When childlessness becomes a force that brings a couple closer together

By Nina Steele 

A couple of years ago, I was contacted by a freelance journalist about an article she was planning to write on childlessness. She wanted me to find two other women to take part. I posted a message on social media and a fair number of women got in touch. Among them, was a woman who tried and failed to conceive for 12 years.

She and her husband were not completely free from the pain of childlessness, but they were gradually getting there. What struck me most about her story, was the seemingly strong relationship she and her husband had. Their childlessness had brought them closer together.

I have heard and published many similar stories since, and what it proves is that, emotional pain doesn’t have to destroy us. It will only do so if we allow it.

In her book ‘The Forgotten Summer’, author Carol Drinkwater makes childlessness one of the main subjects. Jane and Luc, the husband and wife who are the two main characters in the book, are childless. Reading the background of the author herself, it is obvious that the book is based on her own life. Indeed, although her husband has two children from a previous marriage, they have no children together. Carol miscarried a few times and was told by her doctor that she ‘will never be able to carry a child full-term’.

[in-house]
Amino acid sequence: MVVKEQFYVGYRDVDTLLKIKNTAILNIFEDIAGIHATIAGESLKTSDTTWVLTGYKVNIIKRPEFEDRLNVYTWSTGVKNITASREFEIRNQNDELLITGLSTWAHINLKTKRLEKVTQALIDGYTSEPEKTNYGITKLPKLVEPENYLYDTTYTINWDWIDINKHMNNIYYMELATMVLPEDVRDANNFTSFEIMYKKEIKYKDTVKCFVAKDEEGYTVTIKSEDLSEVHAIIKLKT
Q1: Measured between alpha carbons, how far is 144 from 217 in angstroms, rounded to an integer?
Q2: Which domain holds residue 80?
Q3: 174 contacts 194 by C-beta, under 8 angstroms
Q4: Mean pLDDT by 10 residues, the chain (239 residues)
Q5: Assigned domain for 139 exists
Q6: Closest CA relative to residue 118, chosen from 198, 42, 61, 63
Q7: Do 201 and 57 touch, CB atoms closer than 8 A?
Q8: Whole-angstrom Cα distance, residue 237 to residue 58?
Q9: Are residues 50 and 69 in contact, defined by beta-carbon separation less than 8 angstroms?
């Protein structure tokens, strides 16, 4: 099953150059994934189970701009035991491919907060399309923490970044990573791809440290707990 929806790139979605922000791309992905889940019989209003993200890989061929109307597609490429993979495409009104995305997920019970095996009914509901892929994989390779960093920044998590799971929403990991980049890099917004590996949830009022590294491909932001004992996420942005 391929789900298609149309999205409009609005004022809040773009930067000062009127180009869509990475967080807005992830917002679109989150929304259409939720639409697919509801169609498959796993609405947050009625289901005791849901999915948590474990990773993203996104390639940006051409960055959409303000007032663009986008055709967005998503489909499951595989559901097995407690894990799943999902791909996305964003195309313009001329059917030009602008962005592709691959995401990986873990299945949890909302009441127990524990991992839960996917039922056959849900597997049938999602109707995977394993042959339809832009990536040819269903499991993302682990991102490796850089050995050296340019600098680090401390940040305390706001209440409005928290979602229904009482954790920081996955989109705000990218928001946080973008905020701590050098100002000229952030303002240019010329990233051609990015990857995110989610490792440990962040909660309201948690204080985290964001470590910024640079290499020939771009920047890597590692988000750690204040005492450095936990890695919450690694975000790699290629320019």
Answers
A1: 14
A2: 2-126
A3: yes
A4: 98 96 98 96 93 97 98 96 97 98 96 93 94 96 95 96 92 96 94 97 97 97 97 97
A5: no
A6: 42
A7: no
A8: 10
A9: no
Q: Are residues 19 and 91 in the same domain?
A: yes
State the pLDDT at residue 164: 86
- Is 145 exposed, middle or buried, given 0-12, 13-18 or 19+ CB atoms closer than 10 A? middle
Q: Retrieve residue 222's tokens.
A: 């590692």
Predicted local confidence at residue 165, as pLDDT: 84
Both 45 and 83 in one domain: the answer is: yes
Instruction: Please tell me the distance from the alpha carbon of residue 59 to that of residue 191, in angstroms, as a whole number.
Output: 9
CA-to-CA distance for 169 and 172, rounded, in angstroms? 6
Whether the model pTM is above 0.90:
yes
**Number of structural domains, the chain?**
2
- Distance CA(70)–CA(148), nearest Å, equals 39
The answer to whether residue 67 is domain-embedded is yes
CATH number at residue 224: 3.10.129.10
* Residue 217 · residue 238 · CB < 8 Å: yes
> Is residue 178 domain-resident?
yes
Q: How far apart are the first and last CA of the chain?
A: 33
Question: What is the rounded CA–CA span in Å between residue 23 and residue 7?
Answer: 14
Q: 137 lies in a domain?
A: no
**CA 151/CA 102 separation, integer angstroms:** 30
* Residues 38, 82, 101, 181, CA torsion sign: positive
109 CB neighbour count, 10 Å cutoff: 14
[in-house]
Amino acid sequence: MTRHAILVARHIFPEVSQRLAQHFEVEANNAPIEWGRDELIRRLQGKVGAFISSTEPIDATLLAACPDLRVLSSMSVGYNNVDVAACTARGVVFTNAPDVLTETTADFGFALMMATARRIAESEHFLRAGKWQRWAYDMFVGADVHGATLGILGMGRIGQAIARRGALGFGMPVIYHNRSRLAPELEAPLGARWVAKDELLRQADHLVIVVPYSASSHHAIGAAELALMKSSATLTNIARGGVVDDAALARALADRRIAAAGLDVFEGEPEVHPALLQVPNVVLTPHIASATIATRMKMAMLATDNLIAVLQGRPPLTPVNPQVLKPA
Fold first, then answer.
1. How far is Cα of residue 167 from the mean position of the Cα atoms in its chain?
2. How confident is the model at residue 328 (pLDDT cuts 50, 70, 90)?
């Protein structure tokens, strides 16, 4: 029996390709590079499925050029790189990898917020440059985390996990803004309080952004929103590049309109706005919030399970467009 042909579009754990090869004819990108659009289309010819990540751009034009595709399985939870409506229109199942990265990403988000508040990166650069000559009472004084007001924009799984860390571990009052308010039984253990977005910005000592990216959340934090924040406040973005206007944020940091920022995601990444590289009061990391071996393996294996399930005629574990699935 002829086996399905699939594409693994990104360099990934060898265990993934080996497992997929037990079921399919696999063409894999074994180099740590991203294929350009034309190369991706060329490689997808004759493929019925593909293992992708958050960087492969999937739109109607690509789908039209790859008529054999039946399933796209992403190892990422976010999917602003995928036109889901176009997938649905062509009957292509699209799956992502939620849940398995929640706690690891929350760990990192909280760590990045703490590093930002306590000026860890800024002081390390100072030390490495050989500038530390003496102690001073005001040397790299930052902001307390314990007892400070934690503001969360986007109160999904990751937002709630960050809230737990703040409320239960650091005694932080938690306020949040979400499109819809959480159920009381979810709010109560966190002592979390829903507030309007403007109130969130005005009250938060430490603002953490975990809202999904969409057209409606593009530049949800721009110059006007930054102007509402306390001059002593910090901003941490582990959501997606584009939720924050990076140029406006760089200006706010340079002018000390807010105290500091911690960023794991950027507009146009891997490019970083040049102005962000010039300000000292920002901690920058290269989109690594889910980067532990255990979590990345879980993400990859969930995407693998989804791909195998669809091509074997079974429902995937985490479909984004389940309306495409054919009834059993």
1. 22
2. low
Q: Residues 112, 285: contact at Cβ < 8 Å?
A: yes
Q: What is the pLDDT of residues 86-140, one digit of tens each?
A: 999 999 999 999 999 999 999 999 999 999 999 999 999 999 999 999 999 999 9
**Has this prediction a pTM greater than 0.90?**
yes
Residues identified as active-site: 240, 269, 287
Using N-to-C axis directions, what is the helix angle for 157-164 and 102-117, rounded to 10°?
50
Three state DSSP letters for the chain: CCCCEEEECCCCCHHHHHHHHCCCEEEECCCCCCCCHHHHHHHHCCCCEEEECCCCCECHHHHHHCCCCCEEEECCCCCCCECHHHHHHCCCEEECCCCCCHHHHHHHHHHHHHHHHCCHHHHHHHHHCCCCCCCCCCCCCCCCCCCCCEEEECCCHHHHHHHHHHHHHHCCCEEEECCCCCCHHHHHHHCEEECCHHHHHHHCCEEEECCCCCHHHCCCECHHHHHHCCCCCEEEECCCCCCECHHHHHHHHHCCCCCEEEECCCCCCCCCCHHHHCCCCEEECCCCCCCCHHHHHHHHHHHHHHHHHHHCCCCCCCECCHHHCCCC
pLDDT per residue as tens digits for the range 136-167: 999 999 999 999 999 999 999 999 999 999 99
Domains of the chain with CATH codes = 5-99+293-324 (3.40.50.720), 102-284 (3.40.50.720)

Carol is still happily married and lives in the south of France. Just like with her own life, the two main characters in her book have a strong marriage. Instead of being their undoing, their childlessness has brought them closer together. The love that the two main characters share is so strong that I could almost feel it. We often hear how children give depth to a relationship, and childlessness can have the same impact. It all depends on how much value a couple places on their relationship, and what matters most to them.

When as a couple, you go through an experience as trying as this one is, if you are committed to each other enough, you can turn it into something positive. You may not experience the pain in equal measure, but just sharing the same experience is enough. You suddenly become this tight unit, ready to face the world together.

It no longer matters who is responsible for you not being able to have children. There is no blaming or making the other one feel bad. It just wasn’t meant to be. You both manage to make sense of your life as non-parents and your relationship becomes the central part of it.

Childless mixed race couples

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